Surviving Our Fallen: Chamorros, Militarism, Religiosity, and 9/11 (Part 4)

You can read Part 1 of this essay here, Part 2 here, and Part 3 here.

Surviving Our Fallen: Chamorros, Militarism, Religiosity, and 9/11 (Part 4)



“hu hongge

i lina’la’ tataotao

ta’lo åmen”


My family migrated to California from Guam in 1995. I was a sophomore in high school. Not all of my freshman credits transferred, so I had to catch up on courses to be eligible for college. During junior year, many college recruiters came to campus, as well as many other recruiters from trade schools and the military. While I was very excited about the possibility of going to college (and something I know my parents hoped for me when they sacrificed for our family to move to California), I had no idea how we could afford college.

Because of this worry, I decided to attend the army recruiter’s presentation. He was a very nice man who wore his uniform with pride and spoke very passionately. He was inspiring. At that point in my life, I had no reason to dislike the military because I had many military veterans and active duty in my own immediate and extended family. I didn’t understand the negative effects that militarization caused on my culture and island.

When the recruiter told us about how the army would pay for our college after we served, it felt like he had answered my prayers. So I kept his card and information pamphlet, and a week later I visited him for more information at the Army recruiting center in Fremont, CA. I would be a man and pay for my own college.

About a week later, the recruiter surprisingly came to the house that my family was renting.


Today (June 1, 2011), as I finish writing this essay, I called my parents to ask them what they remember from the night the recruiter came.


My mom’s memory of that evening is vague. At first, she seems hesitant to talk about it. And then I hear nervousness in her voice:

“I don’t even think we let him in the house. I don’t remember us letting anybody in. I just think we talked to him through the screen door.”

“I didn’t want you joining the service because I don’t believe in fighting wars or having to go off to fight wars when you were so young. You didn’t even have a chance to live yet. I don’t think it’s fair that they recruit at such a young age. I don’t even think they should be allowed on the high school campus. I want to see those young kids have a chance to grow and live.”

“I know a lot of kids were joining the service because a lot of people can’t afford to go to college. But I wanted us to find a different way. We listened to the guy and we took the information. But that wasn’t our plan for you.”


“Craig, Thank god you never joined.”



My father was drafted, like many other Chamorro men on Guam, to fight in the Vietnam War. He said:

“I don’t like that he came to our house to recruit. He even came in his uniform. And when he found out I was a veteran and I was in the army, he thought that was good. But I don’t want anyone in the family going to the military.”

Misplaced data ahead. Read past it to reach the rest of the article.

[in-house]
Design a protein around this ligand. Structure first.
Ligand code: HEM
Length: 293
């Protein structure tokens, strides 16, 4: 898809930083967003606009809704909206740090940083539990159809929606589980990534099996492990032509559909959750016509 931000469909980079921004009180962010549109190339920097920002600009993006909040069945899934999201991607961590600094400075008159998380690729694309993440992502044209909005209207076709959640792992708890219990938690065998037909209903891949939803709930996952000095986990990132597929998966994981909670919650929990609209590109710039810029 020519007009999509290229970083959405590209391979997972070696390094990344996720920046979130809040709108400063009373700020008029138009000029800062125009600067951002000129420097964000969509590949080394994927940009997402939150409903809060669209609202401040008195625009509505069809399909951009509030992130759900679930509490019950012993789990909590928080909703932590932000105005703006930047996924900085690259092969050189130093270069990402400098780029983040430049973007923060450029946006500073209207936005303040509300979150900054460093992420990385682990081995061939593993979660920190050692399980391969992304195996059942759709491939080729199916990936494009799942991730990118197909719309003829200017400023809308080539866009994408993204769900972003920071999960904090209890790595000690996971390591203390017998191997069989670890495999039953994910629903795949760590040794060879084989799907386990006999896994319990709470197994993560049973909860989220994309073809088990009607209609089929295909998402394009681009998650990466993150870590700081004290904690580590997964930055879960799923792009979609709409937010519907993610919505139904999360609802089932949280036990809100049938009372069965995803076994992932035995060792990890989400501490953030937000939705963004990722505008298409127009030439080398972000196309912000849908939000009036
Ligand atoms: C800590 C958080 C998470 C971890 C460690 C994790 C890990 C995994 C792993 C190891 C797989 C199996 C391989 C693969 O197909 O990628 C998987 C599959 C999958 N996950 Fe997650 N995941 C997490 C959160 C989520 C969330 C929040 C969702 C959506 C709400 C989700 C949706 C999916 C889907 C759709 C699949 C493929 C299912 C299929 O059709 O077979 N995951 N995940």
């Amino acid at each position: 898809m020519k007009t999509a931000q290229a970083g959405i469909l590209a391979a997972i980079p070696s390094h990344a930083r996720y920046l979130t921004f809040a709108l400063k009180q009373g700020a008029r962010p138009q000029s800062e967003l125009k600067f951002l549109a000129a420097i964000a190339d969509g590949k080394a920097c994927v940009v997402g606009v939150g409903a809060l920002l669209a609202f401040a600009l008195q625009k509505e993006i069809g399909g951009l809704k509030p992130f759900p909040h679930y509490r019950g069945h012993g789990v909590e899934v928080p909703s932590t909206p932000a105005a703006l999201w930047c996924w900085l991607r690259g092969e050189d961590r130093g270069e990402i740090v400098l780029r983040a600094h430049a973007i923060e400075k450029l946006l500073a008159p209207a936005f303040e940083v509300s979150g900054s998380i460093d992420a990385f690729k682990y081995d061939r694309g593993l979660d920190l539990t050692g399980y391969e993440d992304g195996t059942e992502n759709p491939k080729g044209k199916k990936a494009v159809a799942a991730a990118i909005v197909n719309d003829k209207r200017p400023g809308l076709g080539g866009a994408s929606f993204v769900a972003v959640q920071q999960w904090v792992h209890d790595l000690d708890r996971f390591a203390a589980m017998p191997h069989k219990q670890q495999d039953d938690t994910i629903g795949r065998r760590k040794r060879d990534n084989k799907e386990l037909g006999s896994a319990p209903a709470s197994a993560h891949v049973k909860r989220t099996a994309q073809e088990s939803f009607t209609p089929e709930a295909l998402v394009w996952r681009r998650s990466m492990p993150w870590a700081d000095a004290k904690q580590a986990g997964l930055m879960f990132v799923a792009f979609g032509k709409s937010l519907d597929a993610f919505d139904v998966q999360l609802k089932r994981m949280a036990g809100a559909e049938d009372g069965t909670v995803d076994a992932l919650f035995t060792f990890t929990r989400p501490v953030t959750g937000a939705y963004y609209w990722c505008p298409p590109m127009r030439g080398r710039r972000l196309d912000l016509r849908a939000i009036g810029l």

“He was trying to tell me that when you graduate you can get money to go to college. I just felt to me it wasn’t a way to get college money—I always thought what if you don’t live. You went and you die and you don’t get any college then.”

“I could see a guy like that is just trying to make his quota as a recruiter. They think parents will be naïve, and they say that you don’t have to worry about college and that you can travel all around the world, get free clothes, free food and housing.”

“You have to look beyond. You don’t have to go to the military. For what? Don’t worry because we can find other ways for college.”


I think about this fact often: I was 21 years old when the U.S. invaded Afghanistan, and I was 23 when the U.S. invaded Iraq.

If my parents didn’t stop me from joining the Army, if my counselors and high school teachers didn’t help me with my college essays, scholarship and FAFSA forms, I would’ve enlisted and deployed. I would’ve made the same sacrifice that many Chamorros made before me. I would’ve been devoured by the endless debt to our liberator.

Instead, I became a poet—not sure if my immigrant parents were happy about that fact, But I know, from talking to them, that they are happy I am still alive. I rise, like other Chamorros who are choosing alternatives to joining the military, against the tide of U.S. militarism. I tear their nets with my words.



[U.S. Army Staff Sgt. Steven Bayow, 42, a Yap native, was one of two soldiers killed Feb. 2, in Bayji, Iraq, when a bomb hit their vehicle]

[U.S. Army Spc. Derence Jack, 31, of Saipan was killed Oct. 30, in a roadside bomb attack in Iraq]

[U.S. Army Sgt. Wilgene Lieto, 28, of Saipan was killed Oct. 30, in a roadside bomb attack in Iraq]

[U.S. Army Spc. Richard DeGracia Naputi Jr., 24, of Talofofo was killed Dec. 21, in Iraq, when a homemade bomb detonated during combat operations]

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3 thoughts on “Surviving Our Fallen: Chamorros, Militarism, Religiosity, and 9/11 (Part 4)

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